Summer has come and gone and so has Montreal’s first ever food truck pilot project. This past summer saw the proliferation of food trucks in Montreal, for the first time in 66 years. This first attempt at street food has been a successful one, with over 30 trucks roaming the city’s streets and feeding hundreds of thousands Montrealers and visitors alike. The dining offer was varied, of high quality and delicious. Although some kinks still need to be worked out, this summer’s pilot project was highly successful and has most certainly paved the way to even more outstanding ones in the years to come…
But inquiring minds want to know, now that winter has come with its snowstorms and chilling temperatures, what happens to Montreal’s street food? Is it only a seasonal game? Are we to wait and be deprived of delicious food-on-the-go or can it transcend our Canadian winter? As a lover of street food, I went on a quest to answer these essential questions for you and here’s what I found.
Although some of this summer’s food trucks will be on hiatus this winter, you can still enjoy quite a few of your favourite trucks, which will operate in one way or another. Whether in special pop up events (Le Cheese Truck, Landry filles), at more permanent digs (Lucky’s Truck, La Sandwicherie Zoe’s) or simply in association with the restaurants these trucks have stemmed from (Nomade SO6 at Accords, Grumman 78 at Grumman 78 restaurant, Camion Au Pied de Cochon at Au Pied de Cochon restaurant). A large number of food trucks are also available for private catering, whether for an office party or a private celebration. Check the individual trucks’ Facebook pages or Twitter feeds for more details.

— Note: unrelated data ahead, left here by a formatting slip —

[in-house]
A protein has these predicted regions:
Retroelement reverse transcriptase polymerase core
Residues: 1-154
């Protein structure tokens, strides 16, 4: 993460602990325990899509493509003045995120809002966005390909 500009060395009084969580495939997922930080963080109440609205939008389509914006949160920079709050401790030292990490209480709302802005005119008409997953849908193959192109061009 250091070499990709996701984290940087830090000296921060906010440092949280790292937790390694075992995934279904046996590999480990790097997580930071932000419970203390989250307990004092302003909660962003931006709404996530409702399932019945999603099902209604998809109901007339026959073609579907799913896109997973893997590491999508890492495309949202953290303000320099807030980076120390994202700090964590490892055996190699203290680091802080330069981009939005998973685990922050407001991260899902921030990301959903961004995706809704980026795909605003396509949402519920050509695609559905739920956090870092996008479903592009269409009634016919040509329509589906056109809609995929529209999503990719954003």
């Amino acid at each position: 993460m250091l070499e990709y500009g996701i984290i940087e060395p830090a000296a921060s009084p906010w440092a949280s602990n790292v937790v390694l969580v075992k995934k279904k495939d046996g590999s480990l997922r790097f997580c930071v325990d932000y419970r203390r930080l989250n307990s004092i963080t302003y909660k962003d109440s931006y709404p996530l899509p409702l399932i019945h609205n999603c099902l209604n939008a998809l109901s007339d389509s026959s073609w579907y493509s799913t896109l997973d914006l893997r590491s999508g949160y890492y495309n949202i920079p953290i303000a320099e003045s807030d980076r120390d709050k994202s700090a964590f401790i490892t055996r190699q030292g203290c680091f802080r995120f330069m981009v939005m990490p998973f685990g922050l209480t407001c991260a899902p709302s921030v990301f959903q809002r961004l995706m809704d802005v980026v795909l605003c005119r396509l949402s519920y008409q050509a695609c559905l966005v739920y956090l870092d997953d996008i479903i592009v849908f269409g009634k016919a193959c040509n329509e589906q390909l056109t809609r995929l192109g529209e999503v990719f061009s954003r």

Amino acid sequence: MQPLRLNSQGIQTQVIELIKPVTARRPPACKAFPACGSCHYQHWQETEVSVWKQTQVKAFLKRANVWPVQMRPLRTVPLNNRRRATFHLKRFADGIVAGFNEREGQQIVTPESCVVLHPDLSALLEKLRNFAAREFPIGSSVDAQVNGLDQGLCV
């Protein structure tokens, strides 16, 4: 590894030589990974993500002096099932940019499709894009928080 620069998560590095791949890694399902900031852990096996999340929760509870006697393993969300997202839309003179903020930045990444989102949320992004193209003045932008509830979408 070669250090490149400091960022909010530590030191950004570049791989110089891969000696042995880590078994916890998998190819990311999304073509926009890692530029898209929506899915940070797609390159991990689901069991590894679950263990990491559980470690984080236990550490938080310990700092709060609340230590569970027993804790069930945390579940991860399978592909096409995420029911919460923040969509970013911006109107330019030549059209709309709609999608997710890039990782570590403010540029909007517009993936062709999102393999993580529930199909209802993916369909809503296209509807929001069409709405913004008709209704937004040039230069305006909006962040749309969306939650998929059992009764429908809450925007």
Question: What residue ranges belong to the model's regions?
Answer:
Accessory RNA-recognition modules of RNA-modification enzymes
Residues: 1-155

Just like this summer’s First Fridays events at the Olympic Stadium, there will also be a First Saturdays agglomeration of some of your favourite food trucks every first Saturday afternoon of the month at the Big O.
I don’t believe that street food is only limited to food trucks. In fact, some food “counters” can be considered as much street food as any truck roaming the streets. These counters vary in their offerings from coffee to pastries to more substantial meals like gourmet sandwiches, pizzas, soups and salads. In order to be listed, these businesses have to comply with certain criteria like quality, taste, service, efficiency and good value for your money. You can find over 100 of these “good food fast” counters on the StreetFoodMtl website here.
There are also of course, the original street food spots in Montreal, namely the city’s farmers’ markets where you can pick some good local food on-the-go all year round. The Jean-Talon market in particular is a foodie Mecca with many food offerings, some of which we’ve already mentioned in this article.
This winter, brave the cold and go out there and support your local street food scene Montreal!
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